And sure enough, the commission had barely begun to show a nascent desire for restoring fairness to Title IX when pro-quota women’s groups began to attack, not just the ideas discussed by the commission, but the commission itself. Despite the fact that her own organization is represented by not one but two commission members — Women’s Sports Foundation (WSF) president/U.S. women’s soccer star Julie Foudy and WSF founder and Olympic swimming champion Donna De Varona — Women’s Sports Foundation Executive Director Donna Lopiano charged that the commission was “stacked” against women and in favor big-time football and men’s basketball. “This whole thing is a sham,” Lopiano told the New York Daily News. “They’re basically trying to undo everything we’ve accomplished in 30 years.”
This opening barrage of defamation was followed more recently by hysterical predictions of massive losses to women’s athletic opportunities if the commission’s recommendations are accepted. Women’s groups staged a press conference festooned with camera-ready, pig-tailed athletes and predicted ridiculously that the commission’s reforms would cost female athletes 374,000 to 931,000 sports opportunities a year, or 7.5 million to 18.6 million over a generation. These numbers were based, not on real losses of existing women’s opportunities, but on the failure of the federal gender quota to be implemented.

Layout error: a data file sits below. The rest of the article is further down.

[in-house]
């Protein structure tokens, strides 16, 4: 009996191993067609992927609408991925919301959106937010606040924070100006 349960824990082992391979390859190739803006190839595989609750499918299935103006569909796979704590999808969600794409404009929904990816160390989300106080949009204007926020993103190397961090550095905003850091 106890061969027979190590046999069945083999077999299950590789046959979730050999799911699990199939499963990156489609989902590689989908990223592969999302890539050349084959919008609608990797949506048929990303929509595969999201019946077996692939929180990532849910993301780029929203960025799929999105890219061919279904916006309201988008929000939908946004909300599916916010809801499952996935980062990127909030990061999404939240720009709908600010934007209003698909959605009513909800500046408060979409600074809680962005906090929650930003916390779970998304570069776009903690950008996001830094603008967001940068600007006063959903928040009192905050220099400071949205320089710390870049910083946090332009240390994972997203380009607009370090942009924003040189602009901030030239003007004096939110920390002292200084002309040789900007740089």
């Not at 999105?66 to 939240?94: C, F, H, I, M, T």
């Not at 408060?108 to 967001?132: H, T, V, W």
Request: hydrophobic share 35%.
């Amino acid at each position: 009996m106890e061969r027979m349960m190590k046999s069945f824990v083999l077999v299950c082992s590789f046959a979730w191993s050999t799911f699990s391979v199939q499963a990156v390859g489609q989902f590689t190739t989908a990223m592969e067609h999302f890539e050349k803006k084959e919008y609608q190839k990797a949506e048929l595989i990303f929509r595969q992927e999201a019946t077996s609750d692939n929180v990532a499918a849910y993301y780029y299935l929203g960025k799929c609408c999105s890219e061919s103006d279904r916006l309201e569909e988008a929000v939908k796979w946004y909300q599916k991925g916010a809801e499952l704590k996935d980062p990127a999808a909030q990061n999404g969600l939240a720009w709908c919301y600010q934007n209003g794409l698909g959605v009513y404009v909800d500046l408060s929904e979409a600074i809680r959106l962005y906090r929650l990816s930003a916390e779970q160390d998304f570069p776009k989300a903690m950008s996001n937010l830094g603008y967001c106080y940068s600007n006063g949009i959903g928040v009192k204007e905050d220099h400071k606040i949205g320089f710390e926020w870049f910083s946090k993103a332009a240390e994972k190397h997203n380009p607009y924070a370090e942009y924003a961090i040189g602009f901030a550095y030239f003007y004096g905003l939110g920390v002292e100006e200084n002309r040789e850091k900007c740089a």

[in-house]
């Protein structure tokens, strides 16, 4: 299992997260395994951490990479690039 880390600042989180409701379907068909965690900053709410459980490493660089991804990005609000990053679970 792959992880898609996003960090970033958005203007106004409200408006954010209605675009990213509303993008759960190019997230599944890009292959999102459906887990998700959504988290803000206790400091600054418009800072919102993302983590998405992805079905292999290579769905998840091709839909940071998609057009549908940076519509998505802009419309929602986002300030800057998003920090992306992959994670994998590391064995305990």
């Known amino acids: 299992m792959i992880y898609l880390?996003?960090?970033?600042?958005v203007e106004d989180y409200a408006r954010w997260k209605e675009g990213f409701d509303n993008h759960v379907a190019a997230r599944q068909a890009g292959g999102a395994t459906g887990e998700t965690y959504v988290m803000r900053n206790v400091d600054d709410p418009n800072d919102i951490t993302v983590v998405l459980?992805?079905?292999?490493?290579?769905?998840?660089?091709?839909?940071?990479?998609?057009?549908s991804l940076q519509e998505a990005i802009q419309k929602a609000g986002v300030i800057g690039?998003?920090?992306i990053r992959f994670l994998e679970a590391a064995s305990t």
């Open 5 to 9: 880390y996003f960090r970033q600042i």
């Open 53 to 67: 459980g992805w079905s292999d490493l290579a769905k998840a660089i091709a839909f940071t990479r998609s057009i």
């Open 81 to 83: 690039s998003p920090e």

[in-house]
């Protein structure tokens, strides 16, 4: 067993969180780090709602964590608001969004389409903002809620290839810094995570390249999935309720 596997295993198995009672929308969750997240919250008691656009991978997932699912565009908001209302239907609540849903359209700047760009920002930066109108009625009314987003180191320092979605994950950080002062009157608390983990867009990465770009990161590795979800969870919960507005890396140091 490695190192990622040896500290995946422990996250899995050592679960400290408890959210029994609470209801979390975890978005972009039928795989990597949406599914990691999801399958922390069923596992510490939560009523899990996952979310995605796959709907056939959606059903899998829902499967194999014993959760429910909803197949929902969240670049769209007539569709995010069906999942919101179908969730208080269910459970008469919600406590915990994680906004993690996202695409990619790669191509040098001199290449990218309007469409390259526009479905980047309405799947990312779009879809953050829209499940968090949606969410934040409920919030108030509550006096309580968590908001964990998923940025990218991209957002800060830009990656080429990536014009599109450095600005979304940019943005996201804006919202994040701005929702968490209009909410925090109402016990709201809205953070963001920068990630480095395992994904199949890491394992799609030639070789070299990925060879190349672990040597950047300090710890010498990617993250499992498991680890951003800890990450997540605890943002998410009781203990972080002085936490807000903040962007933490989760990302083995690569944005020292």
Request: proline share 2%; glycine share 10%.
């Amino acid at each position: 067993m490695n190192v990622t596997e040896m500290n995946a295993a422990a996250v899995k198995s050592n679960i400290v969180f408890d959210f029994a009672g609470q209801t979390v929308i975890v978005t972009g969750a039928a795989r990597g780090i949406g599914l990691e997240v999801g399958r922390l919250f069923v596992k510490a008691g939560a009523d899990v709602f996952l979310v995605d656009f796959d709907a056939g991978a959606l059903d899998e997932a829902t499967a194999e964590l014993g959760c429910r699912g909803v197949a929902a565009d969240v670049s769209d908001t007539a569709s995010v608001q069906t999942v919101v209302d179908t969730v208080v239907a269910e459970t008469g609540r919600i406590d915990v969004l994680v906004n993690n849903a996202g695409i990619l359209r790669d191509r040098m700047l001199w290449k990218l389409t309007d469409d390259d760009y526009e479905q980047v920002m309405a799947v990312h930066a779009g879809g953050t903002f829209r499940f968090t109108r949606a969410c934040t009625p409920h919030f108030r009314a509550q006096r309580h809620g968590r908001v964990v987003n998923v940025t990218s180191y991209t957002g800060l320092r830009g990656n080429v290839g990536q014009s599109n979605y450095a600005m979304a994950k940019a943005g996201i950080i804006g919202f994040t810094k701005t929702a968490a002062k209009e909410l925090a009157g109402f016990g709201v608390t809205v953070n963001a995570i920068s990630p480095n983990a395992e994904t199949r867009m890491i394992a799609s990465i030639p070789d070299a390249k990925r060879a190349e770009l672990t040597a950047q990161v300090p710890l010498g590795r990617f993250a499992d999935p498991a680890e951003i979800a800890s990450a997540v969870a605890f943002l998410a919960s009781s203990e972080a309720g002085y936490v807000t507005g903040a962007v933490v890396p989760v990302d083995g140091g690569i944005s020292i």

Particular venom was directed at a proposal by University of Maryland Athletic Director Debbie Yow that would leave the quota intact but create a little more wiggle room for schools to achieve Title IX compliance. The proposal would allow schools to have a 50-50 split of male and female athletes regardless of the makeup of the student body — with a leeway of 5-to-7 percentage points. Feminists seized on this proposal to assume universal bad faith on the part of higher education. Any loosening of the federal gender quota that they for years have denied existed, feminists warned, would spark a race to the bottom by gender-biased college and university administrators.